Without evidence of benefit, an intervention should not be presumed to be beneficial or safe.

- Rogue Medic

Irresponsibility and Intubation – The EMS Standard Of Care

 

There is a petition to save EMS intubation, but it claims to be a petition to save patients. The petition is not to save patients.
 


Image source
Details here and here.
 

The petition states that its intent is to protect patients, but it does not provide any evidence. It only makes the same claims that every other quack makes to promote his snake oil.

We are worse than homeopaths, because homeopaths do not actively harm patients by depriving patients of oxygen, as we do when we intubate.
 

 
We are the quack, witch doctor, homeopath, horseshit peddlers Dara O’Briain is describing.

 

Today we are possibly facing the removal of the most effective airway intervention at our disposal as paramedics, endotracheal intubation.[1]

 

Most effective?

There is some evidence that intubation can be – in limited situations, by highly trained, competent people – beneficial. There is also plenty of evidence that intubation is harmful. It is easy to kill someone by taking away the patient’s airway.

Most effective?

No.

This petition does not mention evidence, so it has no credibility when it comes to claims of whether intubation is effective. This petition expects us to believe in a faerie tale of magical improvement with intubation. This petition wants us to clap for Tinkerbell, because If we believe hard enough, it just might come true. Grow up.
 

Please sign this petition so that these patients have a chance to live[1]

 

Prove that requiring higher standards for intubation would take away a patient’s chance to live.

Prove that intubation improves outcomes.

This is a petition to keep standards low for paramedics.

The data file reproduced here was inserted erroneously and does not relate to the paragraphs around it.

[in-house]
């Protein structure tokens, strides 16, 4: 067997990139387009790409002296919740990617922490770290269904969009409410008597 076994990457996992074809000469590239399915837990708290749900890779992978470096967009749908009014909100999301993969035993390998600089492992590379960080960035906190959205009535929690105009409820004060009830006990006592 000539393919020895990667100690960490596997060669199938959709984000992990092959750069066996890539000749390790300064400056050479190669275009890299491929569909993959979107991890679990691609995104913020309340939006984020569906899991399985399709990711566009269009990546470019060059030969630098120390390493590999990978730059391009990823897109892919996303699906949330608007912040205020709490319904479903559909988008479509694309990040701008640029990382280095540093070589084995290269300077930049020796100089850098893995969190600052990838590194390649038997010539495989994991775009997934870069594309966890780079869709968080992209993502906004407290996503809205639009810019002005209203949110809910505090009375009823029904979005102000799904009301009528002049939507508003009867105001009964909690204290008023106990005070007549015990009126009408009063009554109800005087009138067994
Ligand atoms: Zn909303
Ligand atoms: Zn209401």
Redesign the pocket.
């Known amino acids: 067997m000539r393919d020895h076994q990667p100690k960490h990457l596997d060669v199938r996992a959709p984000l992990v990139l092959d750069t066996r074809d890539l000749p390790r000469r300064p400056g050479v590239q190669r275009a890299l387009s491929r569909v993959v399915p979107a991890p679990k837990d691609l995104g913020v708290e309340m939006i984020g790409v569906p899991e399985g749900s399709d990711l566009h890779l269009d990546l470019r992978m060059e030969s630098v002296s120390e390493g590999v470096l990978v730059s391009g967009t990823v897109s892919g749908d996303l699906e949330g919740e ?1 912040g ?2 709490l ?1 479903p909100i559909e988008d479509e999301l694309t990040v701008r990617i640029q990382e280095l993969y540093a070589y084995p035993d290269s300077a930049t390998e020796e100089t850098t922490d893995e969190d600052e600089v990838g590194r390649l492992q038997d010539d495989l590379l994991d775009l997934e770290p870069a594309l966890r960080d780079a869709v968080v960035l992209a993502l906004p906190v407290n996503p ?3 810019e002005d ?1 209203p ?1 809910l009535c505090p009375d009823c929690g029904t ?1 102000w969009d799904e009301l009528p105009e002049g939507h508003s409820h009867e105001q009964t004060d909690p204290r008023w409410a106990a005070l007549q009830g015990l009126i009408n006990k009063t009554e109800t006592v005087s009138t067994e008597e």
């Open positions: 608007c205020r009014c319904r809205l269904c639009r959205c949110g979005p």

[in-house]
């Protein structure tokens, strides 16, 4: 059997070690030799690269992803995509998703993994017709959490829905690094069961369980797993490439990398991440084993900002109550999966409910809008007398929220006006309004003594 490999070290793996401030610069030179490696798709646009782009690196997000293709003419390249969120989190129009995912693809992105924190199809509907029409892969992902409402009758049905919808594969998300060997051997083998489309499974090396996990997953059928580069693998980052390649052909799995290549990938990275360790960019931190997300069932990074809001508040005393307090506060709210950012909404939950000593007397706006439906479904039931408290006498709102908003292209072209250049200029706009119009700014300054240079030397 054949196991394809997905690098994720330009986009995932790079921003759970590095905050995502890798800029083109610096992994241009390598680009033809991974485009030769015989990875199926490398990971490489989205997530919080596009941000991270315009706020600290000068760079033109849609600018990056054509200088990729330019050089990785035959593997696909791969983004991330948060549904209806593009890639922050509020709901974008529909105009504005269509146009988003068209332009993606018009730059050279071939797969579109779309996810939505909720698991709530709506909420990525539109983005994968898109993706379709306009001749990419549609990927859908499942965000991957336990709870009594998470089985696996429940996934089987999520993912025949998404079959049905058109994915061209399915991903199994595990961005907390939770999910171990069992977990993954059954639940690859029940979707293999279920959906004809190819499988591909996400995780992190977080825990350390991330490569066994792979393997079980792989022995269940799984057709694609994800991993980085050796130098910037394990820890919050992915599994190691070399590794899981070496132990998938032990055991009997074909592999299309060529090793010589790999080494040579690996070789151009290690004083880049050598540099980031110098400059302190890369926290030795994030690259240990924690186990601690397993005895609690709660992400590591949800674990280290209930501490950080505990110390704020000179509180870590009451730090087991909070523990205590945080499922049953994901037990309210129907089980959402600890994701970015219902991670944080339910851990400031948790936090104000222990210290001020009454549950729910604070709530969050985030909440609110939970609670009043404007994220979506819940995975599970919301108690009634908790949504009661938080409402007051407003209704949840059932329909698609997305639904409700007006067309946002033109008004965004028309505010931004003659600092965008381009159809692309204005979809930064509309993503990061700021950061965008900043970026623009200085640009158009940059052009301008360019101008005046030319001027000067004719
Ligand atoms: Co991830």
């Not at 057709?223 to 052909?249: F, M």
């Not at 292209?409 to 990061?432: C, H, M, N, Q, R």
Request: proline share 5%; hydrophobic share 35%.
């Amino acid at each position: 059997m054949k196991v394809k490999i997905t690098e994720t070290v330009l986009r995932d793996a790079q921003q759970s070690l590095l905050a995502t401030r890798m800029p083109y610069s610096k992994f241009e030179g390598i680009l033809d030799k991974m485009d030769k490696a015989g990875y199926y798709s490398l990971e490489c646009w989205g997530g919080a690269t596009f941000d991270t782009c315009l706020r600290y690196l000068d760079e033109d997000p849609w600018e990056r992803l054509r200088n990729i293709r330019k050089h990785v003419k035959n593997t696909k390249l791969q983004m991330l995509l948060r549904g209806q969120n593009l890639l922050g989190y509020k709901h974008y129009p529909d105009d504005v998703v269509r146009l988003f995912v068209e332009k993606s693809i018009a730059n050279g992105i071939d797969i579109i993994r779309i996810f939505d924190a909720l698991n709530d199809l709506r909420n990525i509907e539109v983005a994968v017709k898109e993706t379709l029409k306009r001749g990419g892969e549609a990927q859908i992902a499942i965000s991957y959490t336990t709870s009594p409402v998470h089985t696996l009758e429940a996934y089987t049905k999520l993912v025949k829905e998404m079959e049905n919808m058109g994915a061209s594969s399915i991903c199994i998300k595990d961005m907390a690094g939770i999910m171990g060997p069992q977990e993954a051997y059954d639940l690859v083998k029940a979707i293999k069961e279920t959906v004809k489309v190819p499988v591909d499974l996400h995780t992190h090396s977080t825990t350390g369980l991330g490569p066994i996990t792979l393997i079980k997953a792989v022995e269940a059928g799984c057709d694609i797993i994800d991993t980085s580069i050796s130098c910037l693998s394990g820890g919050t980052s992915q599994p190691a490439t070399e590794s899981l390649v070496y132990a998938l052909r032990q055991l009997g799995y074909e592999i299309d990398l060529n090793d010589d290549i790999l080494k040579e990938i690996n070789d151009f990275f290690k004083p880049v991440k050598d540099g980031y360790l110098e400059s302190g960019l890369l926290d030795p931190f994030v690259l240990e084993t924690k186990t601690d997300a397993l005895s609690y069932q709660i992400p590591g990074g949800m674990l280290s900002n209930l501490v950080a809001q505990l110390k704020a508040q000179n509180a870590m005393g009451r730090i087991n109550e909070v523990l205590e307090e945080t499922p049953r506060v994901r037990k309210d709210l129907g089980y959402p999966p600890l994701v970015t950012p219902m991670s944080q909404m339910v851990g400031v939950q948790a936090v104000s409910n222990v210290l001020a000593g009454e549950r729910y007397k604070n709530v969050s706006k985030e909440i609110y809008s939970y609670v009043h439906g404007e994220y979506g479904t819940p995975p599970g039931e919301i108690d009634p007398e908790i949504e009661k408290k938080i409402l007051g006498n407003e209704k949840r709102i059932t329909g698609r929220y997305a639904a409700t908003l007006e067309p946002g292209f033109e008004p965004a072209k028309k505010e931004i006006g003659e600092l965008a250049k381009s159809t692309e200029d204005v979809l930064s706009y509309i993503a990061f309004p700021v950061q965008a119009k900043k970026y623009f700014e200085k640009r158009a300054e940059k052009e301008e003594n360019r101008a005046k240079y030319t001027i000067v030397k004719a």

This petition does not mention competence, or even what is involved in competence, because this petition is opposition to competence.

This is the Protect Incompetent Paramedics from Responsibility Petition.

Responsibility is for professionals. In EMS, we reject responsibility.

We are more concerned with whether our shoes are shiny, than whether we are harming, or helping, our patients. The reason EMS exists is to improve outcomes for patients.

We don’t deliver competent care, but only the appearance of competence. We are medical theater, putting on a fancy show. The TSA (Transportation Security Administration) is the same – all appearance and no substance.

Most effective? Maybe intubation is the most effective theater.

The outcomes of our patients are affected, but we refuse to learn if we are helping, harming, or doing equal amounts of harm and help.

We actually oppose learning. We are willfully ignorant – and proud of our defiant stand for ignorance.

How much hypoxia do we cause in our attempts to place the so called gold standard? The actual gold standard is helping the patient to protect his own airway, but who cares what’s best for the patient? Not those who sign the petition.

How much vomiting, and aspiration, do we cause?

How much airway swelling do we cause?

How many airway infections do we cause?

How much harm do we cause?

We don’t know. We don’t care. We oppose attempts to find out.

We are EMS and we believe that our actions should be protected from examination, because we are beautiful and unique snowflakes who demand our participation trophies without doing real work required to be competent.

Go ahead, snowflakes, demonstrate your incompetence by signing the petition, because this protect intubation petition is really a protect incompetence petition.

If we want to continue to intubate, and we want to improve outcomes for our patients, we need to demonstrate that intubation by EMS provides significant benefit and which patients are most likely to benefit. We can’t do that because we don’t care enough about our patients.
 

Brian Behn has a different reason for not signing the petition for low standards – Why I am Not Signing The Petition About Intubation.

Dave Konig also comments on the petition for low standards – Is ET Intubation Joining Backboards In Protocol?

Footnotes:

[1] Allow paramedics to continue to save lives with endotracheal intubation!
Anthony Gantenbein United States
Petition site

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Comments

  1. Yes but…
    The petition is a political statement, not a medical one: petitions are not a forum for nuance.
    Had the document by NAEMSO contained more than a one line about the possibility of removing ETI, there may have been a more cogent, reasoned response. You do not put out a document “for comment” with entire sections missing and bullet points (e.g. “comments received for removal from the practice mode–endotracheal intubation”) with no explanation.